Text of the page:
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In Final Visit To Kyiv, Biden Urges World To Stand Against Russian Aggression

  • Christopher Miller

KYIV -- Making his final visit to Kyiv in eight years as U.S. vice president, Joe Biden urged the international community to stand against what he called Russian aggression and urged the incoming administration of President-elect Donald Trump to be a strong supporter of Ukraine.

Biden’s visit, his sixth during President Barack Obama's eight years in office and fifth since Moscow-friendly President Viktor Yanukovych fled in the face of the Euromaidan protests in February 2014 and a pro-Western government came to power, came four days before Trump's January 20 inauguration.

Speaking alongside Ukrainian President Petro Poroshenko, whom he described as his "good friend," Biden said U.S. sanctions imposed on Russia for its seizure of the Crimean Peninsula and its involvement in a war between government forces and pro-Moscow separatists in eastern Ukraine must remain in place until Moscow fully implements its commitments under a 2015 peace deal known as the Minsk accords.

WATCH: Biden Urges Ukraine To 'Root Out' Corruption

Biden said he knows it is hard to find faith in the Minsk process when Russia refuses to hold up its end of the deal, in his words, but he emphasized that it is "Ukraine’s best hope to move forward as a united country."

The outgoing U.S. vice president urged Ukraine to keep demonstrating its commitment to the rule of law and fighting corruption. He said Ukrainians must insist on transparency and "investigate and prosecute government officials who siphon off funds for their own enrichment."

Russia, Biden said, has used corruption as a "tool of coercion" to keep Ukraine within its sphere of influence. Fighting corruption is not just a matter of good governance, it is essential for self-preservation and security, he said.

Poroshenko expressed gratitude to Biden for his unwavering support for Ukraine and invited him back to Kyiv as a private citizen.

He also thanked the United States for Obama's January 13 decision extending sanctions against Russia over its seizure of Crimea and aggression in eastern Ukraine for a year, through March 2018 -- a move that means Trump will have to cancel them rather than just letting them expire in a few weeks if he wants to abandon them, as he has indicated he might.

In the future, Poroshenko said, he hopes the "Ukrainian issue will unite all American politicians and will remain among their top priorities.

"Everyone who shares democratic values is Russia's adversary," he said.

The Ukrainian president also welcomed what he called "encouraging signals delivered during Senate hearings by the candidates for secretary of state and secretary of defense,” he added, referring to former ExxonMobil CEO Rex Tillerson and retired General James Mattis, respectively.

U.S. Vice President Joe Biden (left) waves after a joint press conference with Ukrainian President Petro Poroshenko in Kyiv on January 16.
U.S. Vice President Joe Biden (left) waves after a joint press conference with Ukrainian President Petro Poroshenko in Kyiv on January 16.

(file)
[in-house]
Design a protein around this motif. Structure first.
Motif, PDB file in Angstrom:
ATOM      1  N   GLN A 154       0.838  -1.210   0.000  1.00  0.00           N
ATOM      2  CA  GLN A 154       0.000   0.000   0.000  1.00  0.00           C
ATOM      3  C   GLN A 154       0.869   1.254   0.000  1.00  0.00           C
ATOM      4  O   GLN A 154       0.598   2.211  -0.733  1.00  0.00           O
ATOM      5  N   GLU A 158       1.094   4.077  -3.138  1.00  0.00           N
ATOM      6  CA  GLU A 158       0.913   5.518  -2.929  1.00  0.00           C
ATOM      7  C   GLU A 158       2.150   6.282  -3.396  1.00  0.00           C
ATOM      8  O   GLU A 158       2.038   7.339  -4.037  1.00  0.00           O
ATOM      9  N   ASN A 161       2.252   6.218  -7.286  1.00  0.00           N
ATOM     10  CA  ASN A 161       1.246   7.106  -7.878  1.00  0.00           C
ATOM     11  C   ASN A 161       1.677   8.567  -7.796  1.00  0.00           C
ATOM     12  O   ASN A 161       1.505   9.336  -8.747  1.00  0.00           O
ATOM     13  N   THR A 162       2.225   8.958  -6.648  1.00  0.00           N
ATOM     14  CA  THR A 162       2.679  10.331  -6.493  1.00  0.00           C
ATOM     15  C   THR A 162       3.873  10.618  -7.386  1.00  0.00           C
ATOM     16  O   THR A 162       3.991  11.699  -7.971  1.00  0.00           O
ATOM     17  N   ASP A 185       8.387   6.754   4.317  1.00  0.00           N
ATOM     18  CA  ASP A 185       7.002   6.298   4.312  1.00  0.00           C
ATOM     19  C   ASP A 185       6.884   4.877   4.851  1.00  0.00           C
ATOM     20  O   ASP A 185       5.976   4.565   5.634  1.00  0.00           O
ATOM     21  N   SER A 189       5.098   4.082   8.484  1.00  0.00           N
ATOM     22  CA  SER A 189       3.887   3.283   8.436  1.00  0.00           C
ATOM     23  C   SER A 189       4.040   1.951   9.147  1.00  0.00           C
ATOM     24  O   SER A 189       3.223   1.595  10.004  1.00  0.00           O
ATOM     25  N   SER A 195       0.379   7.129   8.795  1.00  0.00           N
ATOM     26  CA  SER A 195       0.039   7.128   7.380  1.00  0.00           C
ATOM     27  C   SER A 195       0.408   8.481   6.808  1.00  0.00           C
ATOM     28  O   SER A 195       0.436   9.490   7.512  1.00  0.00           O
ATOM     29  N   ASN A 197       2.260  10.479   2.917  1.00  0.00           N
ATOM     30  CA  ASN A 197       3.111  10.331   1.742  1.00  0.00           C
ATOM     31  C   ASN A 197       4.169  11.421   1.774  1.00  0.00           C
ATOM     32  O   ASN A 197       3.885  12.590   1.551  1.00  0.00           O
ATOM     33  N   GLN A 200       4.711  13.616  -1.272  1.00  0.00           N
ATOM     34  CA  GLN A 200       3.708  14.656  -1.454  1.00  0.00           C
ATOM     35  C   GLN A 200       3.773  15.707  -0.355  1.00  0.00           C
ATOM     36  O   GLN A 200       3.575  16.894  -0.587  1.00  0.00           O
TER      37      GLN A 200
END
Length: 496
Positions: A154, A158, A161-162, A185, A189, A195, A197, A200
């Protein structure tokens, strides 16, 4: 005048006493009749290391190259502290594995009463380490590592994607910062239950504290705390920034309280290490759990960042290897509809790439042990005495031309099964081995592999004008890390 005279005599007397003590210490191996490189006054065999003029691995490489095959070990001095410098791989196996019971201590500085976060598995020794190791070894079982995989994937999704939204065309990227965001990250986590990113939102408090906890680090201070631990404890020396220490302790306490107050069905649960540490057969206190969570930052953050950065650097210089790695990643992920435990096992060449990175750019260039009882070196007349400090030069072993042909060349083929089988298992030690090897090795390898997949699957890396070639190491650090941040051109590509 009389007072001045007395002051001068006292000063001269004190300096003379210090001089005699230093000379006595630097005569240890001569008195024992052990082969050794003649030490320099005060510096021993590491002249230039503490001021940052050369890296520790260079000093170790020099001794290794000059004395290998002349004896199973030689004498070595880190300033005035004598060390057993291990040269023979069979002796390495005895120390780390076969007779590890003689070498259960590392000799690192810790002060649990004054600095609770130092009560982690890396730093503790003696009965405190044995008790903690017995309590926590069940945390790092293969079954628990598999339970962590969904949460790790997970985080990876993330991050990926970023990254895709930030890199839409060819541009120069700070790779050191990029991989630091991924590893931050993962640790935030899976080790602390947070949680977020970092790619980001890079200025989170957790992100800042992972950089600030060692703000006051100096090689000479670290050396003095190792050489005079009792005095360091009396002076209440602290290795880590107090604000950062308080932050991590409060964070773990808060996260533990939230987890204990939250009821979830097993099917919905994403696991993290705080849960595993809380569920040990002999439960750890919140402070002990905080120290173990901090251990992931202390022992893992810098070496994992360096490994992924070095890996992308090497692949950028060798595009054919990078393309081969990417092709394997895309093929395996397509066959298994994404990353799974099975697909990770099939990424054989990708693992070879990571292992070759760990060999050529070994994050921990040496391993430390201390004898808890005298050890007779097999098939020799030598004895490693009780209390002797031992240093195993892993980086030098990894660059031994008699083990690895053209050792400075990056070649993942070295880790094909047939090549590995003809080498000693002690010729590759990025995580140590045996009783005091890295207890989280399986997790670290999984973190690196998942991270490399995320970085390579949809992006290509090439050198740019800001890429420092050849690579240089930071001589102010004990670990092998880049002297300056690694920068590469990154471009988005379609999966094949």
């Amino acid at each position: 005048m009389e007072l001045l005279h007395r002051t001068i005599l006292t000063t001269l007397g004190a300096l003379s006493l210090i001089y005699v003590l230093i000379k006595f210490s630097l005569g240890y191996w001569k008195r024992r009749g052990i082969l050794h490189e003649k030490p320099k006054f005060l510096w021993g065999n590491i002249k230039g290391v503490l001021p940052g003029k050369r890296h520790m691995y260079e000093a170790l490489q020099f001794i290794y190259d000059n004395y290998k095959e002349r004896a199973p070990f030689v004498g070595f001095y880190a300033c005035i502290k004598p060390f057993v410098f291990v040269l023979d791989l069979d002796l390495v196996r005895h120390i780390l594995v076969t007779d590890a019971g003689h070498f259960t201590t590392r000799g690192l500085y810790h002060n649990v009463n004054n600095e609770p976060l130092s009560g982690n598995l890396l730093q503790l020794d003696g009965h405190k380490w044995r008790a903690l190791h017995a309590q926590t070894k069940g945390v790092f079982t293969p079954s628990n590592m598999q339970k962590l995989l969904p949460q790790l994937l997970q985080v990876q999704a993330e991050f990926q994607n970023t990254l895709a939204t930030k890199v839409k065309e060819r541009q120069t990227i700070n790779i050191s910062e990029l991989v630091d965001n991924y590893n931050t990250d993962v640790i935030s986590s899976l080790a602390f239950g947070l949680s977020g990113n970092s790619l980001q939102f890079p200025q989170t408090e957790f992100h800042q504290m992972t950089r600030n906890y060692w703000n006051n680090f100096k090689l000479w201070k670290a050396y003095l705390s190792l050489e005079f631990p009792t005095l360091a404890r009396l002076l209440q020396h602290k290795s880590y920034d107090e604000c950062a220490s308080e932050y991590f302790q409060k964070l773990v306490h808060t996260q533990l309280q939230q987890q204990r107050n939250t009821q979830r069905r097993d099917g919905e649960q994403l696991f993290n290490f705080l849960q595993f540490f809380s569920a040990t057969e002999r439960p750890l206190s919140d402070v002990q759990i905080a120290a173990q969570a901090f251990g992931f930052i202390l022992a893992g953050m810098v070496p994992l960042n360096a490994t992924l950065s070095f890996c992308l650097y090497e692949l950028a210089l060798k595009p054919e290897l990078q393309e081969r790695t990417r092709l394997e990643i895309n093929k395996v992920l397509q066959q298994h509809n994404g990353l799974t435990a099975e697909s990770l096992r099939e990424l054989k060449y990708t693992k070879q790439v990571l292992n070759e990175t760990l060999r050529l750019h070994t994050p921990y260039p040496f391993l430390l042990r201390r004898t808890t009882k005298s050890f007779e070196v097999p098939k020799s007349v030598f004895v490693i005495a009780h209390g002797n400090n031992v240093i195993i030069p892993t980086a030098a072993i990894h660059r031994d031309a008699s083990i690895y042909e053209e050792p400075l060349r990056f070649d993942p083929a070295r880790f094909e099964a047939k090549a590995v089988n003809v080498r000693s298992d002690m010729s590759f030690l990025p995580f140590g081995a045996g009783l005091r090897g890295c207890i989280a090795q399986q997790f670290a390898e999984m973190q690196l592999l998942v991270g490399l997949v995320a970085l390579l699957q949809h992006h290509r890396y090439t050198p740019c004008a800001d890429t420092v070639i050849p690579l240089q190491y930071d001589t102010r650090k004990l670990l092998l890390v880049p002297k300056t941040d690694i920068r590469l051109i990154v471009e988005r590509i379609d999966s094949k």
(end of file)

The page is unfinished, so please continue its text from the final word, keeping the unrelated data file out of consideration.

During hours of questioning last week, the nominees took tougher positions on Russia than Trump has, both regarding Moscow's interference in Ukraine and allegations of interference in the U.S. presidential election.

'Uncle Joe'

Ukrainian officials have expressed concern that U.S. support could wane following the inauguration of Trump, who has spoken admiringly of Russian President Vladimir Putin and expressed a desire to improve ties with Moscow.

In an interview with The Times of London and the German magazine Bild published on January 16, Trump suggested he may offer to roll back sanctions against Russia in return for a deal with Moscow to reduce nuclear arms.

Ukrainians have become fond of Biden, who has become known in political circles in Kyiv as "Uncle Joe" for what Taras Berezovets, a political consultant and founder of the Kyiv-based think tank Ukrainian Institute for the Future said was his ability to intervene and quash spats between Ukrainian officials before they spiraled out of control.

"[Biden] would always show up at the right moment with the right words and always stop internal political crises," he told RFE/RL.

Berezovets also said that "Biden’s intervention in Ukrainian [affairs] was absolutely vital for defending our independence, because in 2014 there was a clear and present danger of a full-scale Russian offensive against Ukraine...and I think the intervention of Biden and Obama in terms of political and diplomatic pressure was significant enough to stop that escalation."

During his visits and frequent phone calls, Biden has pressed Ukrainian leaders to tackle deep-seated corruption that he has frequently warned weakens Kyiv's ability to protect itself against Russian interference.

In a speech to parliament in Kyiv in December 2015, he told lawmakers they needed to do more in "a historic battle against corruption."

"The world is watching you. This is your moment," he said at the time. "Please, for the sake of the rest of us, don’t waste it."

He reiterated that message a little more than one year later on January 16, saying: "I believe the Ukrainian people are no longer willing to postpone a free, democratic, prosperous Ukraine. So seize it."

After reading his statement, Biden was asked by a reporter if he had received any assurances that the Trump administration would place a similar priority on Ukraine.

"Hope springs eternal," he replied before flashing a thumbs up, turning, and walking away.

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    Christopher Miller

    Christopher Miller is a correspondent based in Kyiv and covers the former Soviet republics. He can be reached at millerjchristopher@gmail.com

     

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